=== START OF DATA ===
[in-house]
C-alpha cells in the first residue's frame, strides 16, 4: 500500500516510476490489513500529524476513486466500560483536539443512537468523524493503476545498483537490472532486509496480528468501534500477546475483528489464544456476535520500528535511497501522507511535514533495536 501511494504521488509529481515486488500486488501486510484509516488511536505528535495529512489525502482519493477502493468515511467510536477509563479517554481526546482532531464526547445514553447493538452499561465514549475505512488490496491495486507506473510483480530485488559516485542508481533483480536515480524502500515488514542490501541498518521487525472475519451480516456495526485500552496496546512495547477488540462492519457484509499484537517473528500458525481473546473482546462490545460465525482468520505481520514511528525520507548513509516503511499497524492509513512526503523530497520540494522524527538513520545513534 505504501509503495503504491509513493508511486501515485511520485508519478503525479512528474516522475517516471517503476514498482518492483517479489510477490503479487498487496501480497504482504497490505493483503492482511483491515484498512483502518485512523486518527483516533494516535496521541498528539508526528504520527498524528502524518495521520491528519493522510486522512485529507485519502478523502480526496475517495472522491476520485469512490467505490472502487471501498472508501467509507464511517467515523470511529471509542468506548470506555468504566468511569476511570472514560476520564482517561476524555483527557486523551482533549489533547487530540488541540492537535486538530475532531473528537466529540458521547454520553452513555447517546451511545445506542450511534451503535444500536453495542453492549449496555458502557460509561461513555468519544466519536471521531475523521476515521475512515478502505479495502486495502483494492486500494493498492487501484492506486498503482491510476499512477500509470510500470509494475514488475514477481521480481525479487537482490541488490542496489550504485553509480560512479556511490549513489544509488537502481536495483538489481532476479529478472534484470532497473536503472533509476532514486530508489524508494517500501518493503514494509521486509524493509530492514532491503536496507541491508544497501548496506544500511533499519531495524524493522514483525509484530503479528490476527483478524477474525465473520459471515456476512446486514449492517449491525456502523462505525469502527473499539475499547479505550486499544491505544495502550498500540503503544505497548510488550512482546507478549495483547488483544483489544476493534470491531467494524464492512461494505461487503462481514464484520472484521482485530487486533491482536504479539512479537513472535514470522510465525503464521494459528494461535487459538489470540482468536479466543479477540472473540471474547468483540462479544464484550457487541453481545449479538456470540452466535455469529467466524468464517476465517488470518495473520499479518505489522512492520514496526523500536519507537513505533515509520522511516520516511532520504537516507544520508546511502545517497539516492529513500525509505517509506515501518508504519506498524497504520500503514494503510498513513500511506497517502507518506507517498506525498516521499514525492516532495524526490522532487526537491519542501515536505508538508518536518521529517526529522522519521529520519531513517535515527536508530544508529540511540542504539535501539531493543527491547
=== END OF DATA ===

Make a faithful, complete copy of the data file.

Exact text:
[in-house]
C-alpha cells in the first residue's frame, strides 16, 4: 500500500516510476490489513500529524476513486466500560483536539443512537468523524493503476545498483537490472532486509496480528468501534500477546475483528489464544456476535520500528535511497501522507511535514533495536 501511494504521488509529481515486488500486488501486510484509516488511536505528535495529512489525502482519493477502493468515511467510536477509563479517554481526546482532531464526547445514553447493538452499561465514549475505512488490496491495486507506473510483480530485488559516485542508481533483480536515480524502500515488514542490501541498518521487525472475519451480516456495526485500552496496546512495547477488540462492519457484509499484537517473528500458525481473546473482546462490545460465525482468520505481520514511528525520507548513509516503511499497524492509513512526503523530497520540494522524527538513520545513534 505504501509503495503504491509513493508511486501515485511520485508519478503525479512528474516522475517516471517503476514498482518492483517479489510477490503479487498487496501480497504482504497490505493483503492482511483491515484498512483502518485512523486518527483516533494516535496521541498528539508526528504520527498524528502524518495521520491528519493522510486522512485529507485519502478523502480526496475517495472522491476520485469512490467505490472502487471501498472508501467509507464511517467515523470511529471509542468506548470506555468504566468511569476511570472514560476520564482517561476524555483527557486523551482533549489533547487530540488541540492537535486538530475532531473528537466529540458521547454520553452513555447517546451511545445506542450511534451503535444500536453495542453492549449496555458502557460509561461513555468519544466519536471521531475523521476515521475512515478502505479495502486495502483494492486500494493498492487501484492506486498503482491510476499512477500509470510500470509494475514488475514477481521480481525479487537482490541488490542496489550504485553509480560512479556511490549513489544509488537502481536495483538489481532476479529478472534484470532497473536503472533509476532514486530508489524508494517500501518493503514494509521486509524493509530492514532491503536496507541491508544497501548496506544500511533499519531495524524493522514483525509484530503479528490476527483478524477474525465473520459471515456476512446486514449492517449491525456502523462505525469502527473499539475499547479505550486499544491505544495502550498500540503503544505497548510488550512482546507478549495483547488483544483489544476493534470491531467494524464492512461494505461487503462481514464484520472484521482485530487486533491482536504479539512479537513472535514470522510465525503464521494459528494461535487459538489470540482468536479466543479477540472473540471474547468483540462479544464484550457487541453481545449479538456470540452466535455469529467466524468464517476465517488470518495473520499479518505489522512492520514496526523500536519507537513505533515509520522511516520516511532520504537516507544520508546511502545517497539516492529513500525509505517509506515501518508504519506498524497504520500503514494503510498513513500511506497517502507518506507517498506525498516521499514525492516532495524526490522532487526537491519542501515536505508538508518536518521529517526529522522519521529520519531513517535515527536508530544508529540511540542504539535501539531493543527491547